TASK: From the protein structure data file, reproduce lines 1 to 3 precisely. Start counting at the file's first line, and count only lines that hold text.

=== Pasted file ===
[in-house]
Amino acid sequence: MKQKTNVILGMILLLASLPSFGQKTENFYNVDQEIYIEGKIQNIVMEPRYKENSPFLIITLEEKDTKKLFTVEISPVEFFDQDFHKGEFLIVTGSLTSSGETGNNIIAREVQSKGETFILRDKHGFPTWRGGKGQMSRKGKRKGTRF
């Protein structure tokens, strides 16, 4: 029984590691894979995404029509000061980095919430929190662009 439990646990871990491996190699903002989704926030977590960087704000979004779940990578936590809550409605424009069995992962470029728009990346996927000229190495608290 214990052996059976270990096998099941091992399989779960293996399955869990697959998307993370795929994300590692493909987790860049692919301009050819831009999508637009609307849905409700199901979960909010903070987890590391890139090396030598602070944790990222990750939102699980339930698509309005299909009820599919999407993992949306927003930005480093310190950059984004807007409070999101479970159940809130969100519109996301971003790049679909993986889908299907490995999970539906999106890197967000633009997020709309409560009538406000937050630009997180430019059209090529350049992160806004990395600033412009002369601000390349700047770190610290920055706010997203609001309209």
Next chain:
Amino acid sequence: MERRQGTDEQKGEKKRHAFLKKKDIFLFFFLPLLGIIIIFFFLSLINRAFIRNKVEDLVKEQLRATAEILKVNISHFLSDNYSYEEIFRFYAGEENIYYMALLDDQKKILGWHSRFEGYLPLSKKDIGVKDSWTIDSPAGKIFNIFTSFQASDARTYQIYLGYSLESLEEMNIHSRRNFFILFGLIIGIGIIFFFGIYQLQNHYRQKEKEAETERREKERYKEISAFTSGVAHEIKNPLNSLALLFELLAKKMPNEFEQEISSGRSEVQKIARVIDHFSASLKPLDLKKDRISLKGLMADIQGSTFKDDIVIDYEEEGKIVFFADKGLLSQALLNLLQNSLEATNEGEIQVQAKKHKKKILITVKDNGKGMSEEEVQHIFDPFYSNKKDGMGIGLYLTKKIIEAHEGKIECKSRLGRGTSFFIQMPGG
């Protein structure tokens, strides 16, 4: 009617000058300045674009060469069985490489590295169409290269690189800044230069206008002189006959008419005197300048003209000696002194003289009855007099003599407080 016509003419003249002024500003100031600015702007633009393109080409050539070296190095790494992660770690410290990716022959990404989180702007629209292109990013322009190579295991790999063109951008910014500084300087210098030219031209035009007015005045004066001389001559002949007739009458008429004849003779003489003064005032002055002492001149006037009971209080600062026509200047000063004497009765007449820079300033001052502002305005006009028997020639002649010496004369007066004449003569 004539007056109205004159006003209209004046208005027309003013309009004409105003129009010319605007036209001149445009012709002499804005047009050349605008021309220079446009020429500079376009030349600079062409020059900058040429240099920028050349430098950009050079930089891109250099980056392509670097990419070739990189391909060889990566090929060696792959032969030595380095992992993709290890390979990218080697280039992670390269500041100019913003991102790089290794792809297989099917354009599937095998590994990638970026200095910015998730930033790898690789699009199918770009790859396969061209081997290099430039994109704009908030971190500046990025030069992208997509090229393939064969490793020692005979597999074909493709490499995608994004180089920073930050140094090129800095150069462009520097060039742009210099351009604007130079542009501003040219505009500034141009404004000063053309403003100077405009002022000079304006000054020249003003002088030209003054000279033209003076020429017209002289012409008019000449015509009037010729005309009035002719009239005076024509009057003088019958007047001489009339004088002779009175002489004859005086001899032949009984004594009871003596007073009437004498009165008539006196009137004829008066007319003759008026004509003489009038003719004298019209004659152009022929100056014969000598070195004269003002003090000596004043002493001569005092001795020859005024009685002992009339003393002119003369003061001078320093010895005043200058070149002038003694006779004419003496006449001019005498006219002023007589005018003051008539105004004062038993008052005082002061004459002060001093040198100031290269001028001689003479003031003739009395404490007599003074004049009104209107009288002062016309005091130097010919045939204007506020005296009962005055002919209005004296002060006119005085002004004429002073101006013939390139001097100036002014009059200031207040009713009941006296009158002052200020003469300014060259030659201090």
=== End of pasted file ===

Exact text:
[in-house]
Amino acid sequence: MKQKTNVILGMILLLASLPSFGQKTENFYNVDQEIYIEGKIQNIVMEPRYKENSPFLIITLEEKDTKKLFTVEISPVEFFDQDFHKGEFLIVTGSLTSSGETGNNIIAREVQSKGETFILRDKHGFPTWRGGKGQMSRKGKRKGTRF
């Protein structure tokens, strides 16, 4: 029984590691894979995404029509000061980095919430929190662009 439990646990871990491996190699903002989704926030977590960087704000979004779940990578936590809550409605424009069995992962470029728009990346996927000229190495608290 214990052996059976270990096998099941091992399989779960293996399955869990697959998307993370795929994300590692493909987790860049692919301009050819831009999508637009609307849905409700199901979960909010903070987890590391890139090396030598602070944790990222990750939102699980339930698509309005299909009820599919999407993992949306927003930005480093310190950059984004807007409070999101479970159940809130969100519109996301971003790049679909993986889908299907490995999970539906999106890197967000633009997020709309409560009538406000937050630009997180430019059209090529350049992160806004990395600033412009002369601000390349700047770190610290920055706010997203609001309209």